After FedEx Corp. slashed its quarterly earnings forecast on Tuesday evening and warned about the global economy, market watchers shuddered. This, after all, is a bellwether company – the bellwether company, according to some – whose fortunes provide a clear indication of what’s happening in the wider world.
If so, we’re in trouble. For the quarter ended Aug. 31, FedEx now expects earnings ranging between $1.37 (U.S.) and $1.43 a share. That’s down from an earlier forecast, and it marks the first decline in year-over-year earnings in nearly three years.
“Earnings during the quarter were lower than originally forecast, as weakness in the global economy constrained revenue growth at FedEx Express more than expected in the earlier guidance,” the company said in a statement.
The reason FedEx’s guidance receives so much attention is because its fortunes resonate beyond the company itself. It ships parcels all over the world, and when shipping activity is in decline that’s a good sign that the economy is also wavering. And declines can show up at FedEx far faster than they will in economic data, or so the thinking goes.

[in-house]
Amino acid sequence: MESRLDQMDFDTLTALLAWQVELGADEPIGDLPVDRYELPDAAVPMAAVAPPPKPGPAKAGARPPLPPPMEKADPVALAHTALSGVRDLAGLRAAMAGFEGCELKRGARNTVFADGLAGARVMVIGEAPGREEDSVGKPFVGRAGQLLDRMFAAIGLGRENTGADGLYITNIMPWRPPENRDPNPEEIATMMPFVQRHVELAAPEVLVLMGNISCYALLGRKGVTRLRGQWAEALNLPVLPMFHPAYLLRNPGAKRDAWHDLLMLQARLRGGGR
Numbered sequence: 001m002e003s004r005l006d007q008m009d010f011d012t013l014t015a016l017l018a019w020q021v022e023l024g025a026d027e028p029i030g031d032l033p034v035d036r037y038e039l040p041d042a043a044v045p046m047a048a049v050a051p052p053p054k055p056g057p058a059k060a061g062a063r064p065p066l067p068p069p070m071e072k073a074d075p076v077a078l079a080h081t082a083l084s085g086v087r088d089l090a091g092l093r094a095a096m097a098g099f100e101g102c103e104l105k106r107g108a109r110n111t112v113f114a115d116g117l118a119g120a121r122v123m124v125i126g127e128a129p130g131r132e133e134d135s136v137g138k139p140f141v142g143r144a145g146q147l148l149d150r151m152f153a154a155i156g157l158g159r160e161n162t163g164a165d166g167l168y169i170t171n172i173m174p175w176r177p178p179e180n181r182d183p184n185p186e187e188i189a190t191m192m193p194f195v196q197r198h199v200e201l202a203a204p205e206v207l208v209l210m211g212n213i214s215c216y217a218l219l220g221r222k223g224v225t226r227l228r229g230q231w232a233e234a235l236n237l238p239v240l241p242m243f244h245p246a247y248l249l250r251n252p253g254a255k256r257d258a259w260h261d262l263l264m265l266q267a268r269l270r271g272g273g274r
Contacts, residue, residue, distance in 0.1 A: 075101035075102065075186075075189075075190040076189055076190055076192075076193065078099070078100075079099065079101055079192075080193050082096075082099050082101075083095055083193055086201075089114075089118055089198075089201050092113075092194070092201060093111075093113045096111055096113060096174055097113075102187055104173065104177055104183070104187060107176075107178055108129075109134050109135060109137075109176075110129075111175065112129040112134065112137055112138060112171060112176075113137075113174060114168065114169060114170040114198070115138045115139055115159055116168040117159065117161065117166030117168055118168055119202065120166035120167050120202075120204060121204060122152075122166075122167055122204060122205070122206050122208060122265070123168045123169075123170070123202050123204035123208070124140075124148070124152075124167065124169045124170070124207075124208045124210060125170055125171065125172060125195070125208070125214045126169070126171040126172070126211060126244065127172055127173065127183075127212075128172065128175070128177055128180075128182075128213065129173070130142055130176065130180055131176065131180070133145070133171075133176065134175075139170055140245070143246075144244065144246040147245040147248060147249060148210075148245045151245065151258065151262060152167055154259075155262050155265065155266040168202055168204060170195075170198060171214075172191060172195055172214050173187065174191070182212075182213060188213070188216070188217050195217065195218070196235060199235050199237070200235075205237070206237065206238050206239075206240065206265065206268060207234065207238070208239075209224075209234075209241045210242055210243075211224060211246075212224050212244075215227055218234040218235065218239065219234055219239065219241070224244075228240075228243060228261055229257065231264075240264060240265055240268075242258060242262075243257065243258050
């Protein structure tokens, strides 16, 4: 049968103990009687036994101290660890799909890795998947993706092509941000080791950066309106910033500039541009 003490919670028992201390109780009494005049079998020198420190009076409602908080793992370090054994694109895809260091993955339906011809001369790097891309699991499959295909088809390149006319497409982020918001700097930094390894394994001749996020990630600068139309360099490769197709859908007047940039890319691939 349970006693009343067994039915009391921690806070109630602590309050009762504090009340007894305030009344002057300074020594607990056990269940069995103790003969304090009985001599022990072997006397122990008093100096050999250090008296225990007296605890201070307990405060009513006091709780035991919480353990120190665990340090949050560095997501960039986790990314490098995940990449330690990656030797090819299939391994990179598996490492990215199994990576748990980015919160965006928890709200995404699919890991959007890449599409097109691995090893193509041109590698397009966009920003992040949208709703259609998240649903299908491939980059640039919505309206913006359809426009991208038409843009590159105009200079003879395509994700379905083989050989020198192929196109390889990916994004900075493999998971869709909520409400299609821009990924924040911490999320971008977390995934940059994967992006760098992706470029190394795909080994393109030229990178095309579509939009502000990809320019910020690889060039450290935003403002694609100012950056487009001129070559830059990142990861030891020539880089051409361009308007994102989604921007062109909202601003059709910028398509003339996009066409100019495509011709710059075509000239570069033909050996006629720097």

But just how reliable is FedEx as a bellwether stock? If recent activity is any indication, its reputation is mixed.
For example, its share price successfully predicted the bear market decline that followed the financial crisis about five years ago. The shares began to retreat from their high point in February 2007, five months before the benchmark S&P 500 began to show any signs of concern. By the time the S&P 500 began to retreat, in October 2007, FedEx shares had already fallen 12 per cent.
However, FedEx shares did not give an early indication that the global economy was on the mend. The share price bottomed out in March 2009 – down more than 70 per cent from their high – on the same day that the S&P 500 hit bottom.
As for earnings, FedEx began to reflect a slowing global economy in 2007: It lowered its growth outlook in March of that year and then reported slightly lower-than-expected earnings in June, due to worse-than-expected U.S. shipments.
But the U.S. economy was already creaking at this point, making FedEx’s results look lagging rather than prescient: U.S. gross domestic product in the first quarter rose a mere 0.6 per cent, soon to be revised down to 0.5 per cent.
If FedEx was acting as a bellwether here, few knew about it. After announcing the quarterly results, the company’s chief executive said that he anticipated U.S. economic growth would pick up in the second half of 2007. And investors sent the shares up 1.6 per cent, which is an odd direction if they believed this bellwether was pointing to troubles ahead.